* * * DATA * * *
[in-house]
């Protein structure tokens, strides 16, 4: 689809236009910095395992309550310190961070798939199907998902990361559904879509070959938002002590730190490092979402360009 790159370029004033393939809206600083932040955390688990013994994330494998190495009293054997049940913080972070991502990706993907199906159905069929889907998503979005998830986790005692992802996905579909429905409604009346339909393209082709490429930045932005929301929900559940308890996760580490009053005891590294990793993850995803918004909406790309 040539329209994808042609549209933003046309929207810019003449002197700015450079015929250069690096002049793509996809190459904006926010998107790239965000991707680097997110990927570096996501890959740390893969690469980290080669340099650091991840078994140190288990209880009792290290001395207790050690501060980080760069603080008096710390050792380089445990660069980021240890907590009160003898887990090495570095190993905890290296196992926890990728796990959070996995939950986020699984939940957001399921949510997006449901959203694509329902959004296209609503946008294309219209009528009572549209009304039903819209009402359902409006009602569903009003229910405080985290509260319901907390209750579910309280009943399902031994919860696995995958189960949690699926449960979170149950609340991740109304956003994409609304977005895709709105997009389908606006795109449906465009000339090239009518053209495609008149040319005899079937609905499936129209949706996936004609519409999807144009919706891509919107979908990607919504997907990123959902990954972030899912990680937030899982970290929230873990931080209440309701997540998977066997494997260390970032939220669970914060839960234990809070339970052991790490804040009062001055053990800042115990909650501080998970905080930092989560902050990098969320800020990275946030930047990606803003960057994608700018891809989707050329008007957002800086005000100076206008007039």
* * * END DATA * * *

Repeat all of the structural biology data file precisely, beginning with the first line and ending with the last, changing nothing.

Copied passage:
[in-house]
């Protein structure tokens, strides 16, 4: 689809236009910095395992309550310190961070798939199907998902990361559904879509070959938002002590730190490092979402360009 790159370029004033393939809206600083932040955390688990013994994330494998190495009293054997049940913080972070991502990706993907199906159905069929889907998503979005998830986790005692992802996905579909429905409604009346339909393209082709490429930045932005929301929900559940308890996760580490009053005891590294990793993850995803918004909406790309 040539329209994808042609549209933003046309929207810019003449002197700015450079015929250069690096002049793509996809190459904006926010998107790239965000991707680097997110990927570096996501890959740390893969690469980290080669340099650091991840078994140190288990209880009792290290001395207790050690501060980080760069603080008096710390050792380089445990660069980021240890907590009160003898887990090495570095190993905890290296196992926890990728796990959070996995939950986020699984939940957001399921949510997006449901959203694509329902959004296209609503946008294309219209009528009572549209009304039903819209009402359902409006009602569903009003229910405080985290509260319901907390209750579910309280009943399902031994919860696995995958189960949690699926449960979170149950609340991740109304956003994409609304977005895709709105997009389908606006795109449906465009000339090239009518053209495609008149040319005899079937609905499936129209949706996936004609519409999807144009919706891509919107979908990607919504997907990123959902990954972030899912990680937030899982970290929230873990931080209440309701997540998977066997494997260390970032939220669970914060839960234990809070339970052991790490804040009062001055053990800042115990909650501080998970905080930092989560902050990098969320800020990275946030930047990606803003960057994608700018891809989707050329008007957002800086005000100076206008007039």